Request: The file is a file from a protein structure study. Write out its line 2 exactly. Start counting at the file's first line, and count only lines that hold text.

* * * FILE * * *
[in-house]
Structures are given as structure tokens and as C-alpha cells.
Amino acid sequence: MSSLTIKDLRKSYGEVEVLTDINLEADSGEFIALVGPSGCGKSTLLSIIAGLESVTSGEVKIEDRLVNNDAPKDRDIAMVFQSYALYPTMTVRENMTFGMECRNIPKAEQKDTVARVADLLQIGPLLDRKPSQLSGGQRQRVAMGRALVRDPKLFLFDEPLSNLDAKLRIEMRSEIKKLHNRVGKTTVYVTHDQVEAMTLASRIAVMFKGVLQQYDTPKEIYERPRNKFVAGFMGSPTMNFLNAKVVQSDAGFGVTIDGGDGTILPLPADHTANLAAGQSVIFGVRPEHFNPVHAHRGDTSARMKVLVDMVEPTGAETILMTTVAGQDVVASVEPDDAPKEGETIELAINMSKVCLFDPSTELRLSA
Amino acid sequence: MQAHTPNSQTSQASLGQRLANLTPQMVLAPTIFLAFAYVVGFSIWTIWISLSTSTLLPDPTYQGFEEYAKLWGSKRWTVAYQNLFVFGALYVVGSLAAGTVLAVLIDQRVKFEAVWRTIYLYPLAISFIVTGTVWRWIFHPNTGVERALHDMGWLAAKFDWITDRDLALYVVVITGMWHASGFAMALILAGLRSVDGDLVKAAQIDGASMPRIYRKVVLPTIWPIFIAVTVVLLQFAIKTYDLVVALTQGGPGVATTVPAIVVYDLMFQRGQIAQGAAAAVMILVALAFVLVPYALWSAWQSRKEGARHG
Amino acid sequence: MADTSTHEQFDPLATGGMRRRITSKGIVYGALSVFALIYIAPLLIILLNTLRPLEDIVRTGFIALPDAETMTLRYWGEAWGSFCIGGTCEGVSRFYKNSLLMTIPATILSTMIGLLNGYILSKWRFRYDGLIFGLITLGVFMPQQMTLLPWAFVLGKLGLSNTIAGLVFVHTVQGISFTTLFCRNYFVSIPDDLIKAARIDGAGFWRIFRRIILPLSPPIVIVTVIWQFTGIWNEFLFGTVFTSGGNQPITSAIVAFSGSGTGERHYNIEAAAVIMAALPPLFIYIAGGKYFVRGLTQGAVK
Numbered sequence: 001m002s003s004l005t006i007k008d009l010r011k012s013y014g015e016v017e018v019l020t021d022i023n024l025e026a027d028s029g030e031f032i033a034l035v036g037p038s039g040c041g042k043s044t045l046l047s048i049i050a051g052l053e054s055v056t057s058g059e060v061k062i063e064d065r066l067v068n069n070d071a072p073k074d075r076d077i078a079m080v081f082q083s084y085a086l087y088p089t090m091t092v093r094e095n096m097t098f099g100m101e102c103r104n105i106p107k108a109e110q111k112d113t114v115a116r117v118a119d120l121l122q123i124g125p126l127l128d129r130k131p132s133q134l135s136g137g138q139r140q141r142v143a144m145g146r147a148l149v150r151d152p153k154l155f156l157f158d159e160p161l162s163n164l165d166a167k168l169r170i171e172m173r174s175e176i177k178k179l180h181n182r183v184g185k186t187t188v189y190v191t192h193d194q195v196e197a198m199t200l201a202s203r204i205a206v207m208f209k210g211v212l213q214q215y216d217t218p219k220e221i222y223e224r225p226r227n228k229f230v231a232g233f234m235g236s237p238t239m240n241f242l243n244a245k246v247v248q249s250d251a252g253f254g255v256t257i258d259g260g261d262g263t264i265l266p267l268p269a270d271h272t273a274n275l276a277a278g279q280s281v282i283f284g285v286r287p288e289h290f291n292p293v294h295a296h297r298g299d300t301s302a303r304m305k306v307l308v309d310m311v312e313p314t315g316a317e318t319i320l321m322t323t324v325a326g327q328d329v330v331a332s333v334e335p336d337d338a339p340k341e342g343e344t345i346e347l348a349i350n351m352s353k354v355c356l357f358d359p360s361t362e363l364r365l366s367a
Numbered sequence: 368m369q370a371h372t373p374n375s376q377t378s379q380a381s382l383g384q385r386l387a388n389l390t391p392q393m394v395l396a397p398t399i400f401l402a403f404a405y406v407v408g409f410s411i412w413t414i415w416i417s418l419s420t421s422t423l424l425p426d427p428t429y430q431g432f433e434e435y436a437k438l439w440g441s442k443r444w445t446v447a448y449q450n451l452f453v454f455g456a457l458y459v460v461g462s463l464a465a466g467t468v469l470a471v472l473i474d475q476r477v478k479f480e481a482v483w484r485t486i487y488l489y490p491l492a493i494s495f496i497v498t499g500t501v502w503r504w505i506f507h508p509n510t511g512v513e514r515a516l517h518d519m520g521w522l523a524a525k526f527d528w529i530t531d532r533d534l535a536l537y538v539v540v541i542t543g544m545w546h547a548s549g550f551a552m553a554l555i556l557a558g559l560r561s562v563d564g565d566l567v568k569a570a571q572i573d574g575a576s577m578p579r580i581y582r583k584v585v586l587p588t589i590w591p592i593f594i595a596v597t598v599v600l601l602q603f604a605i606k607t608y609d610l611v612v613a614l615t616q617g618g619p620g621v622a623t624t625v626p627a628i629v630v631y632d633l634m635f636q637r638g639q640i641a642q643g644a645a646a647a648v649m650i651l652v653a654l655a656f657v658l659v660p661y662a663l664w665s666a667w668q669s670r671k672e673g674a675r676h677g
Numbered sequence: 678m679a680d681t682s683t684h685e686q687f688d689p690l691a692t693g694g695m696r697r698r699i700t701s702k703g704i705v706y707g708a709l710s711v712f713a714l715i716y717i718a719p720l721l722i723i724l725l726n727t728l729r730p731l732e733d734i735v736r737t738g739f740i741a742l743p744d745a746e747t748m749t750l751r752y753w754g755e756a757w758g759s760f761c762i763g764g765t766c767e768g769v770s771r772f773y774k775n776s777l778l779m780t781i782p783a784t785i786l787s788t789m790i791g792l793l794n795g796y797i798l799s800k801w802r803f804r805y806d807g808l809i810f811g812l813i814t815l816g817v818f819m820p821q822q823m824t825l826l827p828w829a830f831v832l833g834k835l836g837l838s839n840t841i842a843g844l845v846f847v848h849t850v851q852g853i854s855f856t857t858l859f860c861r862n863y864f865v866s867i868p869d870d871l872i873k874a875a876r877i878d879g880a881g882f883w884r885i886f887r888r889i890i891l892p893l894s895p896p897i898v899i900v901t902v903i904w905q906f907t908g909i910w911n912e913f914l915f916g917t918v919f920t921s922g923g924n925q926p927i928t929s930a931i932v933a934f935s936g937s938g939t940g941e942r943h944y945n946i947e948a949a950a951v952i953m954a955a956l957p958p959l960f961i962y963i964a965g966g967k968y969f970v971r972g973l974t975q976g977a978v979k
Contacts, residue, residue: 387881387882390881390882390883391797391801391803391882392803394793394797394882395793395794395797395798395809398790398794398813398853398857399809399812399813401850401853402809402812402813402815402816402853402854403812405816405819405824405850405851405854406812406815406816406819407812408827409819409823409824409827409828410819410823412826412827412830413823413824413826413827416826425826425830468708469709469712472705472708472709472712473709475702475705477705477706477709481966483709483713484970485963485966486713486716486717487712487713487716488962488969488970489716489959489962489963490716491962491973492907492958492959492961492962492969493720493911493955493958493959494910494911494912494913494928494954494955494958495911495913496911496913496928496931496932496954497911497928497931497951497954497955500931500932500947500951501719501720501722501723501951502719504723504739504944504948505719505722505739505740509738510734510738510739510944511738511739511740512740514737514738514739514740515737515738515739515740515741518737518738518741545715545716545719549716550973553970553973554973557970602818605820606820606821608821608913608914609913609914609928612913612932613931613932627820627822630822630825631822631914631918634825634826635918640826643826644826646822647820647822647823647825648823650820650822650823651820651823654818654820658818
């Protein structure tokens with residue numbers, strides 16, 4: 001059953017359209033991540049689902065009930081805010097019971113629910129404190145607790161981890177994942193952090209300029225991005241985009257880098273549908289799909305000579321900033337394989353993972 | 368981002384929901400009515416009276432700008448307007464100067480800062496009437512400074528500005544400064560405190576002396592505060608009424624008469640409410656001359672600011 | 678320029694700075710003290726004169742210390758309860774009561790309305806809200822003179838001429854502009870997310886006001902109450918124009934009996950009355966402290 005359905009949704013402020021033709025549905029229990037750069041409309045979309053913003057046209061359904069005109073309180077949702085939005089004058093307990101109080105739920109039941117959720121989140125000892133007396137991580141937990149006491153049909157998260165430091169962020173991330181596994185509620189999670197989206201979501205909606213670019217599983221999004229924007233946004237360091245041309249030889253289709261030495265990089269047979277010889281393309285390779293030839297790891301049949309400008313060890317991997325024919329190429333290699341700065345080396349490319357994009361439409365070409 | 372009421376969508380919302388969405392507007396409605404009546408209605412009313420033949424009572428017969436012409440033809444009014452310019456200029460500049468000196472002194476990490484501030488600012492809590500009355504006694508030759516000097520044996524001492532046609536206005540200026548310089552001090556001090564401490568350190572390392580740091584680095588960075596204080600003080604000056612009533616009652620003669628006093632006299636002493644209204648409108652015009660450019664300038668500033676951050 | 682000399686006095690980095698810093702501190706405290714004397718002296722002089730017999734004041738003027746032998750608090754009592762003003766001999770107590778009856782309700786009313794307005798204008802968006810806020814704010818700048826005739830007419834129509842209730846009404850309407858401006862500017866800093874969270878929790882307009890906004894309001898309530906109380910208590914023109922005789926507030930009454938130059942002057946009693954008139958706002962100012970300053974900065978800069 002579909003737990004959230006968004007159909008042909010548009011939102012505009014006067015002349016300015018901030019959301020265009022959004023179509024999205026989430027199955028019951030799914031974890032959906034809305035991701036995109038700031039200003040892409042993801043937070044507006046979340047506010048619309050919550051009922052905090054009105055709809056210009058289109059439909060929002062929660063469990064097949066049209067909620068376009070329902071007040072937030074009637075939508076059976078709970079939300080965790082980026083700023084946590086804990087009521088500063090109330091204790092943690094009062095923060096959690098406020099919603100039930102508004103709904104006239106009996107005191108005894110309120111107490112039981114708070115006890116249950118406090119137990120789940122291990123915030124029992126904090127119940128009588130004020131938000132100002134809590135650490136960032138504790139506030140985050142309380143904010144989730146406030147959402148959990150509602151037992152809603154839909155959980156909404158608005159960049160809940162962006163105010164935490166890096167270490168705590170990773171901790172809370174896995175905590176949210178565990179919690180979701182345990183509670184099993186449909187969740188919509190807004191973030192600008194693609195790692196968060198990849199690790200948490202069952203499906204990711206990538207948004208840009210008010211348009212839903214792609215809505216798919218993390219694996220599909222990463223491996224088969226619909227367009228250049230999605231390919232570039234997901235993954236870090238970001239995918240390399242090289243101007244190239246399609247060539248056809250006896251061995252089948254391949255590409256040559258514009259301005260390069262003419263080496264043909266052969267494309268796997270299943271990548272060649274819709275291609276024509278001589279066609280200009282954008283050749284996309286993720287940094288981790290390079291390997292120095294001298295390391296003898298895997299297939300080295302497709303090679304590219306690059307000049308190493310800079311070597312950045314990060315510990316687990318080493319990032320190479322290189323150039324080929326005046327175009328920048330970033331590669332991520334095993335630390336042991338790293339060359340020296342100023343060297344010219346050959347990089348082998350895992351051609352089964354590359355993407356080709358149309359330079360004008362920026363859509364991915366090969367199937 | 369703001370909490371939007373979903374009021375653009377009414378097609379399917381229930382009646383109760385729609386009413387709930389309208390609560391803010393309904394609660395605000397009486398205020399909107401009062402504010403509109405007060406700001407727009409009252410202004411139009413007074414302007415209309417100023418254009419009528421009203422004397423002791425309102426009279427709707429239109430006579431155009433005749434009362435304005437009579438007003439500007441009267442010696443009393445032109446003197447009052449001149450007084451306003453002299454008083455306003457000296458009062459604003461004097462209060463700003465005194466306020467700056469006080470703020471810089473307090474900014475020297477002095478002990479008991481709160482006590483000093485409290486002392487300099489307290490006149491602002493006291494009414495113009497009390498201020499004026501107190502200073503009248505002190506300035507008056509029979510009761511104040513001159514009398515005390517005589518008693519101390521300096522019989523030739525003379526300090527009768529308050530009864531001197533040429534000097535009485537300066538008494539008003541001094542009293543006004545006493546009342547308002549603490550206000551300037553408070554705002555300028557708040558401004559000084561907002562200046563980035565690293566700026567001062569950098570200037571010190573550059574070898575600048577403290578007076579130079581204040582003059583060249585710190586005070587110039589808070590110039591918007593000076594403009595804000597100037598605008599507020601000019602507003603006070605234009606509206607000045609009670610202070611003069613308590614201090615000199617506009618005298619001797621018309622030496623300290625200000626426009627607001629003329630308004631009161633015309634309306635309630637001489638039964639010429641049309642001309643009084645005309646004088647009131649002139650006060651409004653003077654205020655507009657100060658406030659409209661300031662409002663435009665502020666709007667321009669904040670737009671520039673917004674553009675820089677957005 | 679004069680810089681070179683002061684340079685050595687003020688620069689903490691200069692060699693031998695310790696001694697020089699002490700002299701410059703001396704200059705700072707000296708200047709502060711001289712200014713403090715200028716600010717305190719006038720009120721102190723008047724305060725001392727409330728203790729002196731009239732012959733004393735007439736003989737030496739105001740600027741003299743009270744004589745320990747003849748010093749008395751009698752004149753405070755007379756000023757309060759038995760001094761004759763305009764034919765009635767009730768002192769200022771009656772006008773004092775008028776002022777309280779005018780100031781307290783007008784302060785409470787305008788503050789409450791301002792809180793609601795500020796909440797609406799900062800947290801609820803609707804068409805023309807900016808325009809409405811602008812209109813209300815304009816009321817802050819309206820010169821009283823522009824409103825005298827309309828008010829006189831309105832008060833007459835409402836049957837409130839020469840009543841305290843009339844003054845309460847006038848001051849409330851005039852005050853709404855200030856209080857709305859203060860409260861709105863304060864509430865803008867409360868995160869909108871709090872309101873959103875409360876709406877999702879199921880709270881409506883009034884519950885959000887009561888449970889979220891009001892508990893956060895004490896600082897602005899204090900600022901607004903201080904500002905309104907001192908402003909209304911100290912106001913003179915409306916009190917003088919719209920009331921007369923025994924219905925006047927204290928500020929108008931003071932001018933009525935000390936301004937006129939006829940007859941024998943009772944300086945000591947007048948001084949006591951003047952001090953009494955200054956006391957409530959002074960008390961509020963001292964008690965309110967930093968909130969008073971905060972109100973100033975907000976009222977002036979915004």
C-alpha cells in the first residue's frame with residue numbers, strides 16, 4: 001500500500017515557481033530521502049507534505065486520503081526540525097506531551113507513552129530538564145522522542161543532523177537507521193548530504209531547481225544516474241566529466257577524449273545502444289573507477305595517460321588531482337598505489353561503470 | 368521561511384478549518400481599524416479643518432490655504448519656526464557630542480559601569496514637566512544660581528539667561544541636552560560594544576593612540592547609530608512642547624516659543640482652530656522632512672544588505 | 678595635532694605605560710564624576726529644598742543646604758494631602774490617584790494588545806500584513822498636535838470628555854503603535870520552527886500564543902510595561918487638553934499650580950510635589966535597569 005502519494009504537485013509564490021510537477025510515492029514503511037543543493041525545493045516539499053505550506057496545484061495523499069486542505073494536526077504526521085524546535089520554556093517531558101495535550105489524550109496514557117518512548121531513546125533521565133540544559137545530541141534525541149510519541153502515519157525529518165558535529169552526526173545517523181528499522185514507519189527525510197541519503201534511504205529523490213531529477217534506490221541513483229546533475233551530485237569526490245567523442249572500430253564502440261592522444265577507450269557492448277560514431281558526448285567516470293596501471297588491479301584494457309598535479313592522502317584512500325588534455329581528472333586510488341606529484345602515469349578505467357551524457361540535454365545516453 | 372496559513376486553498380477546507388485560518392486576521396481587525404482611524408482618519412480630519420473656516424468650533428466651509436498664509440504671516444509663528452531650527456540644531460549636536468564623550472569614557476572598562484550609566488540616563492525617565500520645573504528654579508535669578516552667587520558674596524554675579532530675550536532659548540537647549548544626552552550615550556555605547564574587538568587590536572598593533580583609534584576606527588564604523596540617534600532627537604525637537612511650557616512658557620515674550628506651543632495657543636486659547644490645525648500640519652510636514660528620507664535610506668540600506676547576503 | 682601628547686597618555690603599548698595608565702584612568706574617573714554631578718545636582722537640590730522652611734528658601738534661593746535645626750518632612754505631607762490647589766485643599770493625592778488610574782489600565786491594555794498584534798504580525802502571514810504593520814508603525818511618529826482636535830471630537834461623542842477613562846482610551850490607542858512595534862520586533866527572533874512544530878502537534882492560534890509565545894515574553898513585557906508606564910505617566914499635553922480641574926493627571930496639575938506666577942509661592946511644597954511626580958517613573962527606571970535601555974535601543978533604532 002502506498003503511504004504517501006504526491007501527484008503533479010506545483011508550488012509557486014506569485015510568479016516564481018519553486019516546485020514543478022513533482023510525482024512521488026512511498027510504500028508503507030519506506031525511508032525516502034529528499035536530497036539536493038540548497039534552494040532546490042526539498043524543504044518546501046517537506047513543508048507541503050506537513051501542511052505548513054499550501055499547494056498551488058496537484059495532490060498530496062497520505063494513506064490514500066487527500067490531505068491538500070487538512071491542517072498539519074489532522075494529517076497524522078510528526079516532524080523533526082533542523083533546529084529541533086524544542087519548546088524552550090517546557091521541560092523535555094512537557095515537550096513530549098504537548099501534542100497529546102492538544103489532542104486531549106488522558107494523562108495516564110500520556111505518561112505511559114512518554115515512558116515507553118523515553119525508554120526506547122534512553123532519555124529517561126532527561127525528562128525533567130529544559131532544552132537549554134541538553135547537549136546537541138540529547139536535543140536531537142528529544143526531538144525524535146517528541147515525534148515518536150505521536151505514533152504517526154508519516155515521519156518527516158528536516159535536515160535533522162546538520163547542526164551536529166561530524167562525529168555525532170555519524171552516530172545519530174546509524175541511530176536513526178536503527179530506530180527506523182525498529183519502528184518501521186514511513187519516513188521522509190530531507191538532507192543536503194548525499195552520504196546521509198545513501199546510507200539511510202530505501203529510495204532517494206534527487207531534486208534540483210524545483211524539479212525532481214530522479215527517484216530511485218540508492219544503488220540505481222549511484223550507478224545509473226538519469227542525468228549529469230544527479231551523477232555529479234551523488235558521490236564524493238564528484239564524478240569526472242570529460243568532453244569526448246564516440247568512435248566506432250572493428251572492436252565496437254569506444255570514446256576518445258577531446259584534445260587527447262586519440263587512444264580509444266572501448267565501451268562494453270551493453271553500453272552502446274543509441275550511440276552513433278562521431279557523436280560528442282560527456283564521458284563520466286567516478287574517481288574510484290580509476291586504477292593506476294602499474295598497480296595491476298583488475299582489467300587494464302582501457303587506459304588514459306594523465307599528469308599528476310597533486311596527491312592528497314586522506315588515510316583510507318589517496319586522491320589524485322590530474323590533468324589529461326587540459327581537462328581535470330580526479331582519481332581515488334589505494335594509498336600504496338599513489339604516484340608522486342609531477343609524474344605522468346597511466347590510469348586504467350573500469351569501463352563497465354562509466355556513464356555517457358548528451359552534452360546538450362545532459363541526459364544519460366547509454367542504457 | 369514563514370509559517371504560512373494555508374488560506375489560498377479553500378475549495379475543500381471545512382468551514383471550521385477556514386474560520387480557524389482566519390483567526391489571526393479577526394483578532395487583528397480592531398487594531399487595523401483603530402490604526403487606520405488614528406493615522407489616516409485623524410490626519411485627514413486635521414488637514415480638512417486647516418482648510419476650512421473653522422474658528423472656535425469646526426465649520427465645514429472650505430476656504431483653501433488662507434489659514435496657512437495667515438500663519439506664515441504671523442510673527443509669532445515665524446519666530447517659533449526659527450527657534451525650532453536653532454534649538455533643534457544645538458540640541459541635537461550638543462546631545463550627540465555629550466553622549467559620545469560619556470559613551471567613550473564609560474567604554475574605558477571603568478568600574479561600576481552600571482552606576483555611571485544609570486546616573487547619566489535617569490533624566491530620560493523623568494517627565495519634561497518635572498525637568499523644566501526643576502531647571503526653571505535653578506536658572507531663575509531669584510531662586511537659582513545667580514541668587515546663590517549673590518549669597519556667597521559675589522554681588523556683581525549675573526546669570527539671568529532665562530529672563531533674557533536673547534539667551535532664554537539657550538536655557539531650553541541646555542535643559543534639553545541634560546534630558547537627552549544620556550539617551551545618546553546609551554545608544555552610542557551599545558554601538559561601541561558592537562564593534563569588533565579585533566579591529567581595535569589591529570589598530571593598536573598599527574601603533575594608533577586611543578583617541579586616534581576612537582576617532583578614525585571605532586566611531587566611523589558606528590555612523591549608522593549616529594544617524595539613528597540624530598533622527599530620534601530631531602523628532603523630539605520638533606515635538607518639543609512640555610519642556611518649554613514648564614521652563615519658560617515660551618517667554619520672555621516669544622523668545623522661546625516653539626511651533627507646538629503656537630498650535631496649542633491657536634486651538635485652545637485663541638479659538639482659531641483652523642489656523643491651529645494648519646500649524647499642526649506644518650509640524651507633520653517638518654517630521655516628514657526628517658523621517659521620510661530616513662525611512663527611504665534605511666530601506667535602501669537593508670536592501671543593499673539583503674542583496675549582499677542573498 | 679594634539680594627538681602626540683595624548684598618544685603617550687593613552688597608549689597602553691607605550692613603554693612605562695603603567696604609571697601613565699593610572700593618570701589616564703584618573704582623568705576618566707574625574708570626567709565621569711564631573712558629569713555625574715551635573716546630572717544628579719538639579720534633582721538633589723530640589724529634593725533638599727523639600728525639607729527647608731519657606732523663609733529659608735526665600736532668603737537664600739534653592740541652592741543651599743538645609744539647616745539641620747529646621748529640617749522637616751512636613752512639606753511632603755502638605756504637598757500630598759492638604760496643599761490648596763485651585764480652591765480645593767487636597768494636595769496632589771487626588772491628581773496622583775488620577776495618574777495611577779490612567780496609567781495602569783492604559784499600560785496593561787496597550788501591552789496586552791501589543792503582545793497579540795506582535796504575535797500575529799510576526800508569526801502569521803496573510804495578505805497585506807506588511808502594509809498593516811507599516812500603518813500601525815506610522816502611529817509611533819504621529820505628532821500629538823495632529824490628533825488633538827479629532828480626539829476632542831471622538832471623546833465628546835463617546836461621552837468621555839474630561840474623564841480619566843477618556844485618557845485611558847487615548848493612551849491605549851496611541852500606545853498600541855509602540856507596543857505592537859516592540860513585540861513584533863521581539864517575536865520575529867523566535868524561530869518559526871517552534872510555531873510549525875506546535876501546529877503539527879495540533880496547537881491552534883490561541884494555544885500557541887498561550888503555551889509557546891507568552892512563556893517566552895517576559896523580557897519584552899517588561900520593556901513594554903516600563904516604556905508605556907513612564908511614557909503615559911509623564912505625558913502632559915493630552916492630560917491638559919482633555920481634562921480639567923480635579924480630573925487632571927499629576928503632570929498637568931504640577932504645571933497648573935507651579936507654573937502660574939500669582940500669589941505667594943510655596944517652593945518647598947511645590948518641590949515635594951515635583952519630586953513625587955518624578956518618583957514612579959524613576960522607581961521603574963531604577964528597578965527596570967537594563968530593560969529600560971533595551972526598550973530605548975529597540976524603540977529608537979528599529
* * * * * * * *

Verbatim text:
Structures are given as structure tokens and as C-alpha cells.